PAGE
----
Green Energy Advocate Amory Lovins: Guru or Fakir?
It says all the things I've been trying to say, with much better eloquence and evidence.
A representative quote:
The facts plainly show that Lovins has been consistently wrong about the ability of renewables to take large amounts of market-share from fossil fuels. He’s been proven wrong about the long-term ability of efficiency to reduce overall energy consumption. And yet, despite being so wrong for so long, he keeps getting awards and prizes by the forklift-load. And the fact that the Lovins love-fest continues unabated causes no small bit of antipathy among some long-time energy watchers. One of them is Vaclav Smil, the polymath and distinguished professor of geography at the University of Manitoba who has written numerous books on energy. “Inexplicably,” Smil wrote recently, Lovins “retains his guru aura no matter how wrong he is.”
The article strongly supports my case that Lovins simply does not understand Jevons' paradox:
Lovins refuses to admit that his forecast was flat wrong. In an e-mail, Lovins said he couldn’t verify the quote and that the Business Week piece was “widely misquoted.” In his initial response to the question, he said that “the general sentiment is correct in its historical context.” What that means, I have no idea. A few days later, after I sent him the full text of the Business Week story, Lovins sent another response, in which he again declared that the magazine had misquoted him and that “Cost and climate pressures and revolutionary efficiency techniques will ultimately make electricity demand stabilize and then decline in most states as it has begun to do in some. Most electricity is now wasted, and eventually economics wins. New central plants are uncompetitive and getting more so.”In fact, the author actually asked Lovins directly, and got this response:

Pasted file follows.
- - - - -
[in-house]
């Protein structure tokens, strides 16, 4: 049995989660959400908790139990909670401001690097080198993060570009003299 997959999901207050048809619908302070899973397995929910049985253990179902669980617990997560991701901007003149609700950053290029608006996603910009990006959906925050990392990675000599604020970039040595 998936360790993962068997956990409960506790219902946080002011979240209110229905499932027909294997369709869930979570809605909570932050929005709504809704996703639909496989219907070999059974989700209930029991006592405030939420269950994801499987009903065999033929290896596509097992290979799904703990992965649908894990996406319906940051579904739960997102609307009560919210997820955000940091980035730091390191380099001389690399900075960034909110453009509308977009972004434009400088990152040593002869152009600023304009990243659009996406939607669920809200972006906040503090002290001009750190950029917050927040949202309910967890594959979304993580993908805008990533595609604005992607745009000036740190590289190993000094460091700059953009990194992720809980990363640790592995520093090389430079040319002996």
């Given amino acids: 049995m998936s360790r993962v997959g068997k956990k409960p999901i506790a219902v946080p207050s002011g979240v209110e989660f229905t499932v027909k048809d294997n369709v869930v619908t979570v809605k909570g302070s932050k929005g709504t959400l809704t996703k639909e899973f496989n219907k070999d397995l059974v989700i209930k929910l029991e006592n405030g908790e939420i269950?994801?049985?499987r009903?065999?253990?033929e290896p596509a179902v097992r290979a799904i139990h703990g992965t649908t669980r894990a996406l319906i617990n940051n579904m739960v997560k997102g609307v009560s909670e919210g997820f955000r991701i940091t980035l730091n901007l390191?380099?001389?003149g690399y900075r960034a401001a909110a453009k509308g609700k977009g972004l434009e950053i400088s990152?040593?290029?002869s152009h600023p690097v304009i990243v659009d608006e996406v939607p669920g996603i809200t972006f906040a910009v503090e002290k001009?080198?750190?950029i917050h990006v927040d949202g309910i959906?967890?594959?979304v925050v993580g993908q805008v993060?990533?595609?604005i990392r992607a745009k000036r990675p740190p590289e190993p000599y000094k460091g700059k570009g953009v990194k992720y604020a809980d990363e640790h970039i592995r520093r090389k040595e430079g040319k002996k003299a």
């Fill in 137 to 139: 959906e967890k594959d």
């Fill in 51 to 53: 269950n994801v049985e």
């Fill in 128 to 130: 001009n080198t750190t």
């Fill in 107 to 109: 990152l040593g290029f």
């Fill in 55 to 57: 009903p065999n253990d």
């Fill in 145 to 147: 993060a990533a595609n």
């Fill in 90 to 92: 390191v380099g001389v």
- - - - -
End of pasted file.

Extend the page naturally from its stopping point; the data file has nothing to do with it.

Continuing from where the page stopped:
Despite the evidence stacked against him, Lovins insists that Jevons – and Smil, and especially Mills – are wrong. In an e-mail response to my question of whether Jevons was wrong, Lovins replied, “Broadly, yes.” He goes on to try to turn the point into a non sequitur by saying, that if his thesis were true, if we wanted to save energy, “we should mandate inefficient equipment.”
One area the article doesn't go into, however, is the area in which Lovins' claims are closest to my field of study- nuclear proliferation. I'm planning a future post on this issue.